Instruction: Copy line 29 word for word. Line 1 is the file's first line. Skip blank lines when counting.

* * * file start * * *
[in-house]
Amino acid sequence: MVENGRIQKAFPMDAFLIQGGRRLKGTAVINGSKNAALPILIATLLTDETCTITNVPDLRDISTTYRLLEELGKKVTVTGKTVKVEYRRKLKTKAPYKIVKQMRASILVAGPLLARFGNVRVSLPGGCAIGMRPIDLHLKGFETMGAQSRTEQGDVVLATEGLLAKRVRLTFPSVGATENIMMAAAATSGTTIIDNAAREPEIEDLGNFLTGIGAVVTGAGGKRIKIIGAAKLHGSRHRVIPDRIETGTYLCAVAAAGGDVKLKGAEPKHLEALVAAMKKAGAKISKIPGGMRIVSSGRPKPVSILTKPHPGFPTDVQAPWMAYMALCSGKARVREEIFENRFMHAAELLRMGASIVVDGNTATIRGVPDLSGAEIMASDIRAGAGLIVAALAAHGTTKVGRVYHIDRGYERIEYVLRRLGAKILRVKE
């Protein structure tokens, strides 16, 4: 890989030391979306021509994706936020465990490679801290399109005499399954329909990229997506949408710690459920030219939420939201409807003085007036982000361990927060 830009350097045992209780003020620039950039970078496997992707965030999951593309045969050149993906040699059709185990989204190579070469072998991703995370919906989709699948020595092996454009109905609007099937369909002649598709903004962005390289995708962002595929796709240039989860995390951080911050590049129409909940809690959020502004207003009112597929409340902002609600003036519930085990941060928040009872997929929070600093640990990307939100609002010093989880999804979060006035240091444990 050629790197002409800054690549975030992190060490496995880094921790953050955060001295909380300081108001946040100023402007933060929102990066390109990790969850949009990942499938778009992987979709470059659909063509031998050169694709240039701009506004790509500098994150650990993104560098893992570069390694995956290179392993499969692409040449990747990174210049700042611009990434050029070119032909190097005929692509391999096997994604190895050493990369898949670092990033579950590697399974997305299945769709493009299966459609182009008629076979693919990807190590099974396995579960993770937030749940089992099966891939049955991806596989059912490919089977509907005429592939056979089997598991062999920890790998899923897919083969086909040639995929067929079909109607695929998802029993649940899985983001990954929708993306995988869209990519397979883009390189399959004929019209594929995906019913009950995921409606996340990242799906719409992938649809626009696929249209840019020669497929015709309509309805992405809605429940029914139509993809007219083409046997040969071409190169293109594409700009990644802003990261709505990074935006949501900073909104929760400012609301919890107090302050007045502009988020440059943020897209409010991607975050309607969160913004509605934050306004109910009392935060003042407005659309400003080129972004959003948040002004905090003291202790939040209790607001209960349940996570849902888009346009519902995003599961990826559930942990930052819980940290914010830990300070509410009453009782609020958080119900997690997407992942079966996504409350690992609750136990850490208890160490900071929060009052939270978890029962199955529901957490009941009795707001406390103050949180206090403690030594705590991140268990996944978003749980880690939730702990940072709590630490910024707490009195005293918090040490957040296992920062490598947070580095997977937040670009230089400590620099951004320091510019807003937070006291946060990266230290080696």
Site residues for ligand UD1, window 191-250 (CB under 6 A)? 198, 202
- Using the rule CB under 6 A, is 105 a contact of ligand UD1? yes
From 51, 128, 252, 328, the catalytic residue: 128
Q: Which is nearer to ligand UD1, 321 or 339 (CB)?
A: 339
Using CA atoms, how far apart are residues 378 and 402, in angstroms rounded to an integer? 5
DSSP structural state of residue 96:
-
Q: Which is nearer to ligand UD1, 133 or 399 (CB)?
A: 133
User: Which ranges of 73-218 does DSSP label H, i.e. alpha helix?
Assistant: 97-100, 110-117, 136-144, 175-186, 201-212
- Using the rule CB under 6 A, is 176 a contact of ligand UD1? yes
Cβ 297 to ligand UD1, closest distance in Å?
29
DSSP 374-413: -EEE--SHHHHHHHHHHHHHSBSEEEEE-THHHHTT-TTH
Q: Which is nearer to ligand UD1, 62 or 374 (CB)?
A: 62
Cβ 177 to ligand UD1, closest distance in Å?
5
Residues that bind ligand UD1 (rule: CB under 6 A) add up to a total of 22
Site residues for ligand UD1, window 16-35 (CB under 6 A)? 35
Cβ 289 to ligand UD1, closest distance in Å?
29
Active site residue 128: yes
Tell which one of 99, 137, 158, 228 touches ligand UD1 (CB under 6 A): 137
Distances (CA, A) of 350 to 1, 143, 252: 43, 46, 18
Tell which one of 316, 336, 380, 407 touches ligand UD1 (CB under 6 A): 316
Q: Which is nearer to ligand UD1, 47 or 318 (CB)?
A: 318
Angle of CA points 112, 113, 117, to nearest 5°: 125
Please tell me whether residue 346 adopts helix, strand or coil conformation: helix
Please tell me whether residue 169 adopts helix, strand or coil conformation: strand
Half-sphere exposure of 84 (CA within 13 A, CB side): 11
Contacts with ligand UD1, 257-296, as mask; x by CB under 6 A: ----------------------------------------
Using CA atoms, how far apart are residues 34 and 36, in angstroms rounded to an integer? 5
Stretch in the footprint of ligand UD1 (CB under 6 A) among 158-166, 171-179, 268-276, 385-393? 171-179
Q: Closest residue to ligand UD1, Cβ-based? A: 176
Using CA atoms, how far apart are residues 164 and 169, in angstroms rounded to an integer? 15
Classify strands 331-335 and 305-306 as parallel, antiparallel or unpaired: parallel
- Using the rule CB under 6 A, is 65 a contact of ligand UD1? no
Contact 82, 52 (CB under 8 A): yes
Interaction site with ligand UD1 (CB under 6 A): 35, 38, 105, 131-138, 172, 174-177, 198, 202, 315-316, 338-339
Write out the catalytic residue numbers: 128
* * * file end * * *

Tell which one of 99, 137, 158, 228 touches ligand UD1 (CB under 6 A): 137